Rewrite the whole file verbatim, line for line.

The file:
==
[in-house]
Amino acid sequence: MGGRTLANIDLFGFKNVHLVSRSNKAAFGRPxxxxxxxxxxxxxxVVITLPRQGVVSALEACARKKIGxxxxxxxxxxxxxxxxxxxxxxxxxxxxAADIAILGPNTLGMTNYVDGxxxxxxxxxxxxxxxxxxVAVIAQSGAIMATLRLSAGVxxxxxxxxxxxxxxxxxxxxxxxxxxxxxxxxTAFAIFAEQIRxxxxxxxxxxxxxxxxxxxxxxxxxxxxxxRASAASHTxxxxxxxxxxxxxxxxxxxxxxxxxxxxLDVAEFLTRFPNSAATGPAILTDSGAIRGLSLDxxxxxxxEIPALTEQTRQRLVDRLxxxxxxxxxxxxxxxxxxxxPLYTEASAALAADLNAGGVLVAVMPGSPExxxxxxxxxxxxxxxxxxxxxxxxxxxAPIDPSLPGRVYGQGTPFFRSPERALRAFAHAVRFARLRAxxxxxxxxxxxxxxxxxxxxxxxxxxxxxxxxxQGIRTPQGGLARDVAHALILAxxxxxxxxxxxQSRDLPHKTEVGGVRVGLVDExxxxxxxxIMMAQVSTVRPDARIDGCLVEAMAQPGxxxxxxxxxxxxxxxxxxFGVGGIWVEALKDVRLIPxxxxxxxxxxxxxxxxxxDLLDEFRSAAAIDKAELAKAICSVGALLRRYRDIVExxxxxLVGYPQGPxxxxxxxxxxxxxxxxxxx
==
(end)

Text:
[in-house]
Amino acid sequence: MGGRTLANIDLFGFKNVHLVSRSNKAAFGRPxxxxxxxxxxxxxxVVITLPRQGVVSALEACARKKIGxxxxxxxxxxxxxxxxxxxxxxxxxxxxAADIAILGPNTLGMTNYVDGxxxxxxxxxxxxxxxxxxVAVIAQSGAIMATLRLSAGVxxxxxxxxxxxxxxxxxxxxxxxxxxxxxxxxTAFAIFAEQIRxxxxxxxxxxxxxxxxxxxxxxxxxxxxxxRASAASHTxxxxxxxxxxxxxxxxxxxxxxxxxxxxLDVAEFLTRFPNSAATGPAILTDSGAIRGLSLDxxxxxxxEIPALTEQTRQRLVDRLxxxxxxxxxxxxxxxxxxxxPLYTEASAALAADLNAGGVLVAVMPGSPExxxxxxxxxxxxxxxxxxxxxxxxxxxAPIDPSLPGRVYGQGTPFFRSPERALRAFAHAVRFARLRAxxxxxxxxxxxxxxxxxxxxxxxxxxxxxxxxxQGIRTPQGGLARDVAHALILAxxxxxxxxxxxQSRDLPHKTEVGGVRVGLVDExxxxxxxxIMMAQVSTVRPDARIDGCLVEAMAQPGxxxxxxxxxxxxxxxxxxFGVGGIWVEALKDVRLIPxxxxxxxxxxxxxxxxxxDLLDEFRSAAAIDKAELAKAICSVGALLRRYRDIVExxxxxLVGYPQGPxxxxxxxxxxxxxxxxxxx